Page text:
A look at Amazon fires as climate worries mount

RIO DE JANEIRO — Fires that swept parts of the Amazon this year added to global worries about a warming climate, as well as the sense of urgency at the Climate Action Summit at the United Nations this week.

Brazilian President Jair Bolsonaro, who has said he wants to convert forests to soybean farms and cattle pastures, is scheduled to address world leaders at the United Nations on Tuesday.

A look at the main issues and challenges surrounding the immense rainforest in Latin America:

Why is the Amazon important?

Scientists say the world’s largest rainforest, which is about 10 times the size of Texas, is a critical bulwark against global warming.

Trees store carbon absorbed from the atmosphere. The Amazon each year takes in as much as 2 billion tons of heat-trapping carbon dioxide, a greenhouse gas that contributes to global warming.

The Amazon’s billions of trees also release water vapor that forms a thick mist over the rainforest canopy. It rises into clouds and produces rain, affecting weather patterns across South America and far beyond.

The Amazon, 60 percent of which is in Brazil, is also home to 20 percent of the earth’s plant species, many of which are found nowhere else.

What is the impact of fire and deforestation in the Amazon?

In the past couple of months, fires across Brazilian forests spread at a pace unseen in years.

Satellite data from the Brazilian Space Agency has shown a sharp increase in deforestation and forest fires in the past year. In August, the agency issued an alert that fires in the Amazon had increased 84 percent in the first seven months of this year, compared with the same period in 2018.

Close to 20 percent of the Amazon had already been deforested, according to Thomas Lovejoy, a George Mason University environmental scientist.

Doug Morton, a NASA scientist, said fire releases carbon stored in Amazon trees. The carbon, Morton said, enters the atmosphere as carbon dioxide or methane, contributing to greenhouse gases that are causing a warmer, drier planet.

Some officials in Bolsonaro’s government question the alarming data, saying fires are an annual occurrence as ranchers and farmers clear land and that most of the vast Amazon remains intact.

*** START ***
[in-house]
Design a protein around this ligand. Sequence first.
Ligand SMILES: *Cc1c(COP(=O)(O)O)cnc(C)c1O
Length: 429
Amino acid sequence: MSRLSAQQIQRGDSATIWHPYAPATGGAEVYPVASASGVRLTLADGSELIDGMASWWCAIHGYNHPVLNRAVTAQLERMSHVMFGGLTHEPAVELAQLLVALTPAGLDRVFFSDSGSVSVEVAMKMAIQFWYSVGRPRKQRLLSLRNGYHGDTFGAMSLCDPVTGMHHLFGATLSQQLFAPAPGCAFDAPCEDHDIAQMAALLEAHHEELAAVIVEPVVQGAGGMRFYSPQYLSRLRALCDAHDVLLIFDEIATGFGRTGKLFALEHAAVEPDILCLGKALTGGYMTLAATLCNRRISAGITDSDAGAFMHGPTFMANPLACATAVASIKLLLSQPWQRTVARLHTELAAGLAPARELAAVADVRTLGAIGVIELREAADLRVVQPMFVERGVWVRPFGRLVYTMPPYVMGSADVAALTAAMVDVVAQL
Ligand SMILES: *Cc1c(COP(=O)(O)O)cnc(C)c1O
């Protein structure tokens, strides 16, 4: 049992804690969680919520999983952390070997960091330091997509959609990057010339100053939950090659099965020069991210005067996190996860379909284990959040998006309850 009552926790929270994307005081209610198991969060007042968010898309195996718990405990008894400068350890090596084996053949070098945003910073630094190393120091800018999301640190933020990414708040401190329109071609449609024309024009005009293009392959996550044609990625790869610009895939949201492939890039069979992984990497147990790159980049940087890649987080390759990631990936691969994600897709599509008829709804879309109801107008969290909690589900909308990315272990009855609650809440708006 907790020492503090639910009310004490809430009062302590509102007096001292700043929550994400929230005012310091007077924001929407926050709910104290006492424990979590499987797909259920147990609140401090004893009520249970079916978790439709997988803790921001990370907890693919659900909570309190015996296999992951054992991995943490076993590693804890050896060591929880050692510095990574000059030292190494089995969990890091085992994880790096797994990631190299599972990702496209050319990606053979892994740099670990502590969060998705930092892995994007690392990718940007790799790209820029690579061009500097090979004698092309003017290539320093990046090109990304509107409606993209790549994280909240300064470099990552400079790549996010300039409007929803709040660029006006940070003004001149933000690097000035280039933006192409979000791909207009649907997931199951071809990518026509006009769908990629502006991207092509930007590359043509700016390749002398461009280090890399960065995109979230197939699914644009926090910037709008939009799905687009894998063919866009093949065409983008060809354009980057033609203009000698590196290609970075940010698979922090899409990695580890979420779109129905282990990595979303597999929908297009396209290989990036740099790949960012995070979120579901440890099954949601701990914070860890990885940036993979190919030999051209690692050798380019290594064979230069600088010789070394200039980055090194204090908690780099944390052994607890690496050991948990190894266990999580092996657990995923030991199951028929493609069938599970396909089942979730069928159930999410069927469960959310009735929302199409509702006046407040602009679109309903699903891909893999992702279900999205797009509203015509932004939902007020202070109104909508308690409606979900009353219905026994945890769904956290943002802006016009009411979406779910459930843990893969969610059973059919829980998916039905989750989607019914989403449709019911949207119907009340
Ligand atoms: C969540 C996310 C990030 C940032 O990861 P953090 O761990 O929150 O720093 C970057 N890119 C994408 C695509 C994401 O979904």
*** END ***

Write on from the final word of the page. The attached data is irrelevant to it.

What is Brazil doing about the Amazon?

Brazil was once heralded as an environmental success story. Stricter enforcement of environmental laws between 2004 and 2014 sharply curbed the rate of deforestation.

However, deforestation began to climb in recent years. Concern about the Amazon’s rainforest has mounted since Bolsonaro took office this year after campaigning on promises to loosen protections for indigenous lands and nature reserves.

Bolsonaro has said he wants to convert land for cattle pastures and soybean farms to boost Brazil’s struggling economy. His environment minister, Ricardo Salles, says millions of Brazilians live in the Amazon and that they must be able to make a living through agriculture and other industries.

Critics alleged Brazil’s new administration is weakening state environmental institutions and that it initially stood by as farmers set more fires this year. Amid an international outcry, Bolsonaro sent troops to aid in fighting the blazes and banned fires for land-clearing in the Amazon for 60 days.

What is the world doing about the Amazon?

Images of fires consuming parts of the Amazon and smoke shrouding skies above the forest alarmed many international leaders, particularly those in Europe who have invested funds in programs to protect the rainforest.

However, international concern about the Amazon was sidelined by acrimony between Brazil and European countries, jeopardizing hopes of global unity over how to protect a region that is vital to the health of the planet.

A personal spat between Bolsonaro and French President Emmanuel Macron dominated the dispute, but it also centered on Brazilian perceptions of alleged interference on matters of sovereignty, economic development and the rights of indigenous people. Brazil has said it will set conditions for accepting any aid from the Group of Seven nations, which in August offered tens of millions of dollars for firefighting and rainforest protections.

Are the fires just a problem in Brazil?

No. Brazil’s Amazon has received most of the international attention, but recent fires also caused devastation in other Latin American countries, particularly Bolivia. Most of Bolivia’s fires are in dry forests, prairies and farmland in its southeastern Chiquitanía region, although some have affected its Amazon area.

Authorities in Bolivia say farmers and ranchers start fires to renew pastures and clear land, but the blazes got out of control this year due to a drought and strong winds that the government attributes to climate change. Critics say a decree issued by the Bolivian government in July allowing controlled burns for agricultural purposes contributed to the disaster.

By Kerry Minor

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